I have the following system of differential equations:

$$ \begin{align*} \dot x &= -2y\\ \dot y x-\dot x y &= 1+y^2 \end{align*} $$

with the usual initial conditions $x(0)=x_0$ and $y(0)=y_0$. I don't know how to solve that, but when I plug it into Mathematica, it manages to give me an answer in terms of elementary functions. One of the solutions is:

$$ \begin{align*} x(t) &= \frac{t^2 y_0^4-2 t^2 y_0^2+t^2+2 t x_0 \left(y_0^2-1\right) y_0+x_0^2 y_0^2-x_0^2}{x_0 \left(y_0^2-1\right)} \\ y(t) &= \sqrt{\frac{t^2 y_0^4-2 t^2 y_0^2+t^2+2 t x_0 \left(y_0^2-1\right) y_0+x_0^2 y_0^2}{x_0^2}} \end{align*} $$

I don't believe Mathematica has access to black voodoo magic, so what's the trick here?


Plug first equation value of $\dot x $ into second and separate the variables

$$ \int \frac{dy}{1-y^2} = \frac{dx}{x} $$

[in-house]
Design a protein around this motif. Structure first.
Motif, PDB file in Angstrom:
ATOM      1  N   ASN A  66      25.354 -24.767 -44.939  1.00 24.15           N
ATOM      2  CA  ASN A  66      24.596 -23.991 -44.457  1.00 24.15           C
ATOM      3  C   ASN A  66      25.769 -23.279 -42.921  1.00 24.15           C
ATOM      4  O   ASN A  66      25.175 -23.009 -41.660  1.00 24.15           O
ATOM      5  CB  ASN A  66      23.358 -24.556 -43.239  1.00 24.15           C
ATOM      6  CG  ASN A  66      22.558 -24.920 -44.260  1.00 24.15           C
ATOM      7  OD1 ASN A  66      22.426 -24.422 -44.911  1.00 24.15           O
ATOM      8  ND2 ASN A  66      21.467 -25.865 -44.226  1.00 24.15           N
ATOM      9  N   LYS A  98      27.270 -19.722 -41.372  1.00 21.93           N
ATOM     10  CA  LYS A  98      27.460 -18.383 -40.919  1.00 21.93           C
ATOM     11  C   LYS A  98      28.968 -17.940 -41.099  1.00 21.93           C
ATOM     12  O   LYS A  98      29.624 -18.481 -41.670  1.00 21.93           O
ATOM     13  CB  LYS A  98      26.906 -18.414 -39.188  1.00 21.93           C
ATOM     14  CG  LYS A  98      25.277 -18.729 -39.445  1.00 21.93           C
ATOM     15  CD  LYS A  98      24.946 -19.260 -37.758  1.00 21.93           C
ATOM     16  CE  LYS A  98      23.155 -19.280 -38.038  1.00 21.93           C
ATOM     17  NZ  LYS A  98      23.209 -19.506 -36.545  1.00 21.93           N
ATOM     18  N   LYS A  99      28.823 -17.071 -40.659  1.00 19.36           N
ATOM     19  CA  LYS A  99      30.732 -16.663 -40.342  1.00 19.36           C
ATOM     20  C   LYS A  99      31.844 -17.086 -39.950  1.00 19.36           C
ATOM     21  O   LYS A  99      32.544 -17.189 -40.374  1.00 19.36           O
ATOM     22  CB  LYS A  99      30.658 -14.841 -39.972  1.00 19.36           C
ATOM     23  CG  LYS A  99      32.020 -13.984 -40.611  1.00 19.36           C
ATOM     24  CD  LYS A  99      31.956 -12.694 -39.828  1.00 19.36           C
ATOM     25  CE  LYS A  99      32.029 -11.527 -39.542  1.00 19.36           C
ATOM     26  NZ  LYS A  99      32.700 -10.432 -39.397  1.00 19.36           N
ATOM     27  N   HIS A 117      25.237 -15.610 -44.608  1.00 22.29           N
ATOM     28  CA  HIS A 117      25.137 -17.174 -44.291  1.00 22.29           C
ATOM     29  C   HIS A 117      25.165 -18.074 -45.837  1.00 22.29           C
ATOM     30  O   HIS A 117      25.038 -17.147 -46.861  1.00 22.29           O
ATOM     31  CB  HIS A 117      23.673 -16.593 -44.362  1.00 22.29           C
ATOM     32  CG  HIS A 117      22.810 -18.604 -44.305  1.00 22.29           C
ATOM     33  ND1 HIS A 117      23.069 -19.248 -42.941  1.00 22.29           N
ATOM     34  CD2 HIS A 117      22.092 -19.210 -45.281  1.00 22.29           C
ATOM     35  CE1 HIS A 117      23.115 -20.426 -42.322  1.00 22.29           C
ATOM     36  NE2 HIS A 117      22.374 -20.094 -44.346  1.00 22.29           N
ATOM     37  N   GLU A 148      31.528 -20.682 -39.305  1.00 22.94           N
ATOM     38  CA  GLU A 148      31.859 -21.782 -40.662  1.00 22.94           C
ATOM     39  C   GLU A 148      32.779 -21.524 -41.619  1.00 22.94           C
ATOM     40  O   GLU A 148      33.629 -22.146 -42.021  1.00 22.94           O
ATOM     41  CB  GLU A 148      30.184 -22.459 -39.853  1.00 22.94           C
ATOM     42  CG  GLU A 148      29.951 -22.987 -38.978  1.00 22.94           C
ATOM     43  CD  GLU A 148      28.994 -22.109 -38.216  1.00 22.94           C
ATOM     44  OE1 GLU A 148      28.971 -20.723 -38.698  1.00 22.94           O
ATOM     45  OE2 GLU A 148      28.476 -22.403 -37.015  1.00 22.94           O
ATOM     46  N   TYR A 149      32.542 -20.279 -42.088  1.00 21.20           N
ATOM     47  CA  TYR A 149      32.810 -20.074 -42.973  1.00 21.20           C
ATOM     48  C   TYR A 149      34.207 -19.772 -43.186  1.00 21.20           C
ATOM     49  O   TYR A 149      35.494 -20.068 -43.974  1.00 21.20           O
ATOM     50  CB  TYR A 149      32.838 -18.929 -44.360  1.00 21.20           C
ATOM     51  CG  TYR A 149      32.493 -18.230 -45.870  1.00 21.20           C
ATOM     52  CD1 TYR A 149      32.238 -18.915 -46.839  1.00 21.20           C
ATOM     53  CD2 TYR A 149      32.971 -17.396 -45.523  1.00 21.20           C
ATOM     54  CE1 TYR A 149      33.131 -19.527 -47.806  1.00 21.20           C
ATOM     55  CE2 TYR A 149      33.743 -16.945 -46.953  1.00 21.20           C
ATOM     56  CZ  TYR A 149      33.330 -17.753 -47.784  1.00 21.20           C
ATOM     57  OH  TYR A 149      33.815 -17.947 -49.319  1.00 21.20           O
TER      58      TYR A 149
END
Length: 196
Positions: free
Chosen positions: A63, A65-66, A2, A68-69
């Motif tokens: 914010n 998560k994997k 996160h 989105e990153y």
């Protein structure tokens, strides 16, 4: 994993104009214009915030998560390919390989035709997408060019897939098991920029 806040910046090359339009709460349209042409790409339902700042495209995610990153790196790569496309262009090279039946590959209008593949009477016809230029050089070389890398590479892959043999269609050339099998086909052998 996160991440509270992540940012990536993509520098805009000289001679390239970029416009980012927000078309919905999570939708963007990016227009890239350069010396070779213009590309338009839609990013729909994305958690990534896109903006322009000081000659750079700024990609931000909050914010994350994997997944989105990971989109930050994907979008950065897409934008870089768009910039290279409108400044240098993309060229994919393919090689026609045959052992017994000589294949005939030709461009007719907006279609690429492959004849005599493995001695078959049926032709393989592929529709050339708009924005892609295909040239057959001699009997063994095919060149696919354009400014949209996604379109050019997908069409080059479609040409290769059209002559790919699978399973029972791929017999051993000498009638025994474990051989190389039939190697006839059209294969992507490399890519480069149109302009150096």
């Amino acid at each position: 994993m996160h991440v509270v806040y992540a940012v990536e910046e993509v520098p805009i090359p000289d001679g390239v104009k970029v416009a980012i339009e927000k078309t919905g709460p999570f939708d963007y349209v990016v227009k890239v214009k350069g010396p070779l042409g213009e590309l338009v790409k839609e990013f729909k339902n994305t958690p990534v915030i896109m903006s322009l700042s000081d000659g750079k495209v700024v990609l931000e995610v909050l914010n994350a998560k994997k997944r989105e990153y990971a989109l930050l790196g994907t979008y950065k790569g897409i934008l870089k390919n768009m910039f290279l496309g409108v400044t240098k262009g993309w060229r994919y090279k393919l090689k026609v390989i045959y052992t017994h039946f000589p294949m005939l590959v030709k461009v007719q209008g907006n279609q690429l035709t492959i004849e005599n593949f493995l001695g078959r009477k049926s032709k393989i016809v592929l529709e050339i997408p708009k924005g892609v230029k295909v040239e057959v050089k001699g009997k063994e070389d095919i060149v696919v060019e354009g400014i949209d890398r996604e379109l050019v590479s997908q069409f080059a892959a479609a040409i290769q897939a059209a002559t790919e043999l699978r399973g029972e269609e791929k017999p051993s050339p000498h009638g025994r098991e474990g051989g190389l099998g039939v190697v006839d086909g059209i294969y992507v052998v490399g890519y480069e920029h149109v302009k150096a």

which can be solved in terms of elementary functions.


The above treats $ \dot y = \dfrac {dy}{dx} $. But treating as $t$ time independent variable $ \dot y=y′(x) \dot x, $ it becomes :

$$ \int \frac{2\, y\,dy}{y^2-1} = \int \frac{dx}{x} $$

as suggested by mickep below.

  • $\begingroup$ I think you forgot that it is $\dot y=\frac{dy}{dt}$ in the left-hand side of the second equation, and not $y'(x)$. Using the chain rule, one can of course write $\dot y=y'(x)\dot x$. Then, the differential equation becomes $$\frac{2y}{y^2-1}\,dy=\frac{1}{x}\,dx.$$ $\endgroup$ – mickep Oct 20 '15 at 16:02
  • $\begingroup$ Yes thanks, that was a hint which basically can tackle $y$, shall convert to answer. $\endgroup$ – Narasimham Oct 21 '15 at 1:18

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